iii. Tightening the loose nuts; and
iv. Decibel metres should be installed along highways and in factories to check and control the intensity of noise pollution.
2. In the Path:
i. A green-belt effectively reduces the noise;
ii. A 20 foot wide plantation inside the compound protects the house from the noise of vehicular traffic;
iii. Noise making machine should be kept in containers with sound absorbing media;
iv. Use of sound absorbing silencers; and
v. Through laws.
3. At the Receivers End:
If by the above methods we are not able to bring down the noise level up to required level the only alternative is to provide ear plugs while working or moving in a noisy area.
Environmental noise regulations usually specify a maximum outdoor noise level of 60 to 65 dB (A), while occupational safety organizations recommend that the maximum exposure to noise is 40 hours per week at 85 to 90 dB(A).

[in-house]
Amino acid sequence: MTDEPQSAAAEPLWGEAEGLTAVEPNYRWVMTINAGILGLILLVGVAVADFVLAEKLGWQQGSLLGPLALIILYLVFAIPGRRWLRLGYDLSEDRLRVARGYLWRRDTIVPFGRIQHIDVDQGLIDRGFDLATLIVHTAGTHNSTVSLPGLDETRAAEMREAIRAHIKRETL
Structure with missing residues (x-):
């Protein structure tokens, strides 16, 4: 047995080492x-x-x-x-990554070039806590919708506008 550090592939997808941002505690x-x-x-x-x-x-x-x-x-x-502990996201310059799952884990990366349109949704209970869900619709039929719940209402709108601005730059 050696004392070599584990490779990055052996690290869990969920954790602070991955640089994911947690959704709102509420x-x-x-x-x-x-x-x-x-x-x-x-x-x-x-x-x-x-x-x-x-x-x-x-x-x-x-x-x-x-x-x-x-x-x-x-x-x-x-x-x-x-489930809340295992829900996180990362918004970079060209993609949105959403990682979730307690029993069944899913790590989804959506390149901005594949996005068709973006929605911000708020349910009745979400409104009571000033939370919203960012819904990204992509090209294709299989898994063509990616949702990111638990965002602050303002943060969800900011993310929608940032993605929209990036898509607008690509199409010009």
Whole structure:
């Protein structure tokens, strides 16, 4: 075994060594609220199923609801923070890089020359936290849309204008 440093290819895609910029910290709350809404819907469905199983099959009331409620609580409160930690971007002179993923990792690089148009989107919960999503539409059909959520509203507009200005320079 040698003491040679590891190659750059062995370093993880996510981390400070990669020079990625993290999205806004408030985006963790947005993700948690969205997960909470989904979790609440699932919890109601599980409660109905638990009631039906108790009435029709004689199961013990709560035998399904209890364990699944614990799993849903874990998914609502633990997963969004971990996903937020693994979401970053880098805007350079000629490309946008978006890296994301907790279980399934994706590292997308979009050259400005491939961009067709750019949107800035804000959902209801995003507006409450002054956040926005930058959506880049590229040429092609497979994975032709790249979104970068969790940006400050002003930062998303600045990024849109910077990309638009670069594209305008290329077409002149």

For every additional 3 dB (A), the maximum exposure time is reduced by a factor 2, e.g., 20 hours per week at 88 dB (A). Sometimes, a factor of two per additional 5 dB (A) is used. However, these occupational regulations are acknowledged by the health literature as inadequate to protect against hearing loss and other health effects.